The debate has intensified with several recent high-profile incidents. Health officials in Minnesota last year discovered chickens sold in the Minneapolis area were infected with a strain of the microbe campylobacter that was resistant to fluoroquinones, a powerful family of antibiotics that only was approved for animal use in 1995. A strain of salmonella called DT104 that was resistant to five commonly used antibiotics killed 14 cows and sickened nine people on a Vermont dairy farm in 1997. Earlier this year, University of Maryland researchers even found vancomycin-resistant bacteria in chicken-feed pellets that reportedly had been heat-treated expressly to kill microbes before sale.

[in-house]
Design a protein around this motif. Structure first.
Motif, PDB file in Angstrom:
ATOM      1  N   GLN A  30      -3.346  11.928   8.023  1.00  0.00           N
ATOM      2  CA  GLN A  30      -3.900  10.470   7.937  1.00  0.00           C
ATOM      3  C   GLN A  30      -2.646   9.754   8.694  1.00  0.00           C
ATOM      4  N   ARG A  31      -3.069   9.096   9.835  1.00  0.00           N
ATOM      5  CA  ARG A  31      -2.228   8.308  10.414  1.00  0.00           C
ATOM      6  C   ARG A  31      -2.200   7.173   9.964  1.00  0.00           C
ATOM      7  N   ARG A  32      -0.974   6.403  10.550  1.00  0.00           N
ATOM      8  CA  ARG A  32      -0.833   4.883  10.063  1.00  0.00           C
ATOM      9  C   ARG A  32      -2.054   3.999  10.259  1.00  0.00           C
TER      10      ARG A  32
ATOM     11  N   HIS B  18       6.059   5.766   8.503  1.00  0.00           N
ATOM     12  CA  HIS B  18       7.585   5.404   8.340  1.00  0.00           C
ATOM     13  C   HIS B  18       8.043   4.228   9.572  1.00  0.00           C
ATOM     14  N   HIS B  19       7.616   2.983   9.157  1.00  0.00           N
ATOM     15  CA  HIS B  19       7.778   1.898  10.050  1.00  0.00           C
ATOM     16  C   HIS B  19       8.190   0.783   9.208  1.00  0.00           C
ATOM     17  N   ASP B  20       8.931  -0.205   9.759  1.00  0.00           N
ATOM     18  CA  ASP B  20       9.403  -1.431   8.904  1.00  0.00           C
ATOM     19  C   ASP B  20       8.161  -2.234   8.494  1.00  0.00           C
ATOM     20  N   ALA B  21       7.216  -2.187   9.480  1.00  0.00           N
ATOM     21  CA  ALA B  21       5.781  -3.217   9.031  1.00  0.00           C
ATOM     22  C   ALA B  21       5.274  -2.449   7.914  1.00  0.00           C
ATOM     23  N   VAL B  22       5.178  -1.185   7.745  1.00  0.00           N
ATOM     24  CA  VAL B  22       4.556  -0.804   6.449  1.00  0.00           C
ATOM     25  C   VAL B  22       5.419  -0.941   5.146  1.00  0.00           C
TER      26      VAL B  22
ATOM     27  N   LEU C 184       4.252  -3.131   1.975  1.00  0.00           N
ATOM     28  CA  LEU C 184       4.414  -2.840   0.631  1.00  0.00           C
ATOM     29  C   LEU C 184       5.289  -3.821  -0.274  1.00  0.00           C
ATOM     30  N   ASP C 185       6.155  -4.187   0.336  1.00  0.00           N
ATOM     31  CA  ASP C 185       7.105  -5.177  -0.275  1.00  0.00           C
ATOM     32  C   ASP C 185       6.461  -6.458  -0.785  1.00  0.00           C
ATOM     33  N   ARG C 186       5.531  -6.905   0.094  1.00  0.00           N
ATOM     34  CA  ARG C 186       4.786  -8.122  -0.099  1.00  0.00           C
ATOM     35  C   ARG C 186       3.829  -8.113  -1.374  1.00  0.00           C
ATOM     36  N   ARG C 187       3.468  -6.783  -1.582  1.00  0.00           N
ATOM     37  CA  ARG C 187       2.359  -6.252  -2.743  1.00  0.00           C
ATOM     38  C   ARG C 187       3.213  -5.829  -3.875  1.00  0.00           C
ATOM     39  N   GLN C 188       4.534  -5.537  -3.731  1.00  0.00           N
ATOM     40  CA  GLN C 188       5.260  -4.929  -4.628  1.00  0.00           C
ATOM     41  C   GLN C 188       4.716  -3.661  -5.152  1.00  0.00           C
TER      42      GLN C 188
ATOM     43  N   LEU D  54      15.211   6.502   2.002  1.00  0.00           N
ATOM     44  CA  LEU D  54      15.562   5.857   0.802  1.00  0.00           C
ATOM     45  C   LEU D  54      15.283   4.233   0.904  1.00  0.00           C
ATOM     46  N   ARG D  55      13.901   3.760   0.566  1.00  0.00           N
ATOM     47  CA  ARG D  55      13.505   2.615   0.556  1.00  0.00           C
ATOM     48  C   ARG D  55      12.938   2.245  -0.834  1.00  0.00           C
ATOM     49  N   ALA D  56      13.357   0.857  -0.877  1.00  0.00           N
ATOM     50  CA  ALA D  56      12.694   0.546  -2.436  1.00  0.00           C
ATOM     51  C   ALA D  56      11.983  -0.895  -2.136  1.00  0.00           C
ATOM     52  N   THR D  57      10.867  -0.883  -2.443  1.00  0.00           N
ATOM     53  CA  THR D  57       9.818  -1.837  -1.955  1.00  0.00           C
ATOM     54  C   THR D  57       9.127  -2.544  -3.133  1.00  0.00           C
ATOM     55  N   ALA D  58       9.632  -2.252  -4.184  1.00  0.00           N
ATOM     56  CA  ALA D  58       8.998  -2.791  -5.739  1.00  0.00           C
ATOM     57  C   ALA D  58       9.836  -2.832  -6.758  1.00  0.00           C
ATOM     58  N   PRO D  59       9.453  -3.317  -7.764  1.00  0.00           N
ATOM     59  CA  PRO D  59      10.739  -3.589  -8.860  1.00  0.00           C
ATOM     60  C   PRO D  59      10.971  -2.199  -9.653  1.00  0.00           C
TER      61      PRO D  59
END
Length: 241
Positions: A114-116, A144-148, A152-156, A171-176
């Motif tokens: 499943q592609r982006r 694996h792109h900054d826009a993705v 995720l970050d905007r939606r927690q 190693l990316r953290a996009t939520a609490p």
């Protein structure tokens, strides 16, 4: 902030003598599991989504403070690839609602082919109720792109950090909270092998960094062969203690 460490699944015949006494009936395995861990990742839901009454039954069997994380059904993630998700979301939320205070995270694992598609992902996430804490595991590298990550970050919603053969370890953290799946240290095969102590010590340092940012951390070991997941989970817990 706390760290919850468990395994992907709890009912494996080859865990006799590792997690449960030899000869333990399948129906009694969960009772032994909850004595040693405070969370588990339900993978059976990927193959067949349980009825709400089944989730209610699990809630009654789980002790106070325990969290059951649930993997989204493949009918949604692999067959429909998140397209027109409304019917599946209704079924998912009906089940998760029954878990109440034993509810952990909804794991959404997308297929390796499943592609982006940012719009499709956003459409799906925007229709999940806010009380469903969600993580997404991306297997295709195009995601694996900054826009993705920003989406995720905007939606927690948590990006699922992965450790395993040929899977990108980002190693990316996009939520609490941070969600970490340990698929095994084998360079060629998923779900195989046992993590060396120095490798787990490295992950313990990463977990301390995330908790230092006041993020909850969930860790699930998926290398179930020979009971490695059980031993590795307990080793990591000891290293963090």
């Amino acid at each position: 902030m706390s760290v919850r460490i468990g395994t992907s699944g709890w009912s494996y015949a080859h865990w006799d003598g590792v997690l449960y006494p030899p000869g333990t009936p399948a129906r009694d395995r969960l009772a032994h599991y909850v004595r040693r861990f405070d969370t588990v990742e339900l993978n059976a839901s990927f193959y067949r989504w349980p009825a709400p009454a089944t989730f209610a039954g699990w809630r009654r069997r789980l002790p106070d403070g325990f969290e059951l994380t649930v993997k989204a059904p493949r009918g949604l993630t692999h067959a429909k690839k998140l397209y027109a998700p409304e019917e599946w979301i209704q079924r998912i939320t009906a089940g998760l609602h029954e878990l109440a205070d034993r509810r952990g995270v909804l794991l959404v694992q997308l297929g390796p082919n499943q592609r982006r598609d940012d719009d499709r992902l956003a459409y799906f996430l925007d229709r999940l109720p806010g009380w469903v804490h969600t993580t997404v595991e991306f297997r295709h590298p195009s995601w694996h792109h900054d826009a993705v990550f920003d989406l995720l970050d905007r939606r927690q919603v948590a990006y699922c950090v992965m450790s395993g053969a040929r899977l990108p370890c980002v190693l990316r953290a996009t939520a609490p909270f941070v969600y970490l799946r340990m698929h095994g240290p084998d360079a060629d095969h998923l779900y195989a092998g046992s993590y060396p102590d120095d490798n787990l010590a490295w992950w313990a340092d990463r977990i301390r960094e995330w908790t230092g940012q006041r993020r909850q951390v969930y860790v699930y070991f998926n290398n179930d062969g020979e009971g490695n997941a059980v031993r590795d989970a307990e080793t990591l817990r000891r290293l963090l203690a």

That's all I have for you for now... Everything but the first paragraph was copied from CQ Researcher, and article entitled "Drug Resistant Bugs"... I got it online through my colleges library. :smile:
     
  10. sbeBen

    sbeBen New Member

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    In Holland it goes a lot further than this - they totally isolate all MRSA patients in a very ellaborate way. They reckon it is very effective and cases have drastically reduced.

    I do think, as someone stated before (chico8) -it is like nature is fighting back at us. (thanks Tattoomama, you already said this): Think of the over-use of anti-biotics and disinfectants. Bugs have become immune! This is why hospitals in UK don't use disinfectants to do general cleans. They are used topically and only for "Barrier Cleaning" (infected, isolation cases). I used to be a hospital domestic too!:wink: